18 speak freely, without any fear, before the International
19 Tribunal, and it is for us to try General Blaskic, who
20 is in the courtroom here.
21 Now, the procedure is going to work as follows.
22 There is going to be some quick identification, but that
23 will be very quick indeed, as you are a protected
24 witness, that is to say a witness who is not to be
25 identified. You will address the court directly, and
1 you will tell us what you witnessed, starting from
2 16th April 1993, going straight to the essential things
3 you have to say, without getting tied up in details, but
4 while saying what you have to say. Now, the Prosecution
5 may occasionally interrupt you for additional questions,
6 then there will be some additional questions to clarify
7 certain points, it is just going to be a matter of
8 clarifying a few things and after that it will be the
9 counsel for the Defence, one of the counsel for the
10 Defence, who will be putting questions for you, because
11 this is an International Tribunal and we do want to hear
12 what you have to say.
13 Please, Ms. Paterson, go right ahead. First it is
14 just a matter of some preliminary information, otherwise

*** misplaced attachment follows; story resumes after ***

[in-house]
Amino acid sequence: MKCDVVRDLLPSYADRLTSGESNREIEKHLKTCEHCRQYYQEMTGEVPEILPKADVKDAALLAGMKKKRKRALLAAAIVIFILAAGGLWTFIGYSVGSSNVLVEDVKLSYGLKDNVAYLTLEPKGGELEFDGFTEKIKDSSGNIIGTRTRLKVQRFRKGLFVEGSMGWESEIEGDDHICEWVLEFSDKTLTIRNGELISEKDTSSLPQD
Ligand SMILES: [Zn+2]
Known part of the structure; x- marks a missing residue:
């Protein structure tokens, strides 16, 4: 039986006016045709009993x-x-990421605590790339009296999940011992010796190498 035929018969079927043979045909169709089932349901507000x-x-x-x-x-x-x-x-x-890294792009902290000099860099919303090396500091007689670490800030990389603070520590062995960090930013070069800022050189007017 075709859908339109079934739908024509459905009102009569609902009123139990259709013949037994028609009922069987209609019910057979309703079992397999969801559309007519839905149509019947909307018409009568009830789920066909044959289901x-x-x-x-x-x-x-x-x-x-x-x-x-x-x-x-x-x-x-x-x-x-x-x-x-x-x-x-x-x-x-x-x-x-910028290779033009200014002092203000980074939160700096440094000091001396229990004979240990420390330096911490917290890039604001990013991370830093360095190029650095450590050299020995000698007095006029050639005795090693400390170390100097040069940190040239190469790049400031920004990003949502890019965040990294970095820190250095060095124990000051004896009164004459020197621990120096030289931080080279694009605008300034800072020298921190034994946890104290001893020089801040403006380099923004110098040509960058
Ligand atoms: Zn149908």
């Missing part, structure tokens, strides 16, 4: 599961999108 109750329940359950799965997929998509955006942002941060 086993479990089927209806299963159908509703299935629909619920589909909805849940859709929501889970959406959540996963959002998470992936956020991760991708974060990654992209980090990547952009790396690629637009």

15 the witness can go straight into her narrative.
16 Examined by MS. PATERSON
17 Q. Yes, Mr. President. Just to clarify, the witness is
18 going to speak briefly about a few events which occurred
19 before 16th April, but most of her testimony will focus
20 on 16th April.
21 Witness L, were you a resident of the village of
22 Ahmici in Bosnia-Herzegovina on 16th April 1993?
23 A. Yes, I was.
24 Q. How old were you at that time?
25 A. 16.
1 Q. Did you live with your family in that village?
2 A. Yes.
3 Q. Would you explain to the court, without saying the
4 names, who the members of your family were that were
5 living with you at that time.
6 A. Yes. My father, my mother, two sisters, brother, my
7 sister-in-law and three children.
8 Q. Okay, thank you. Would you now please tell the judges
9 very briefly about some of the events that you observed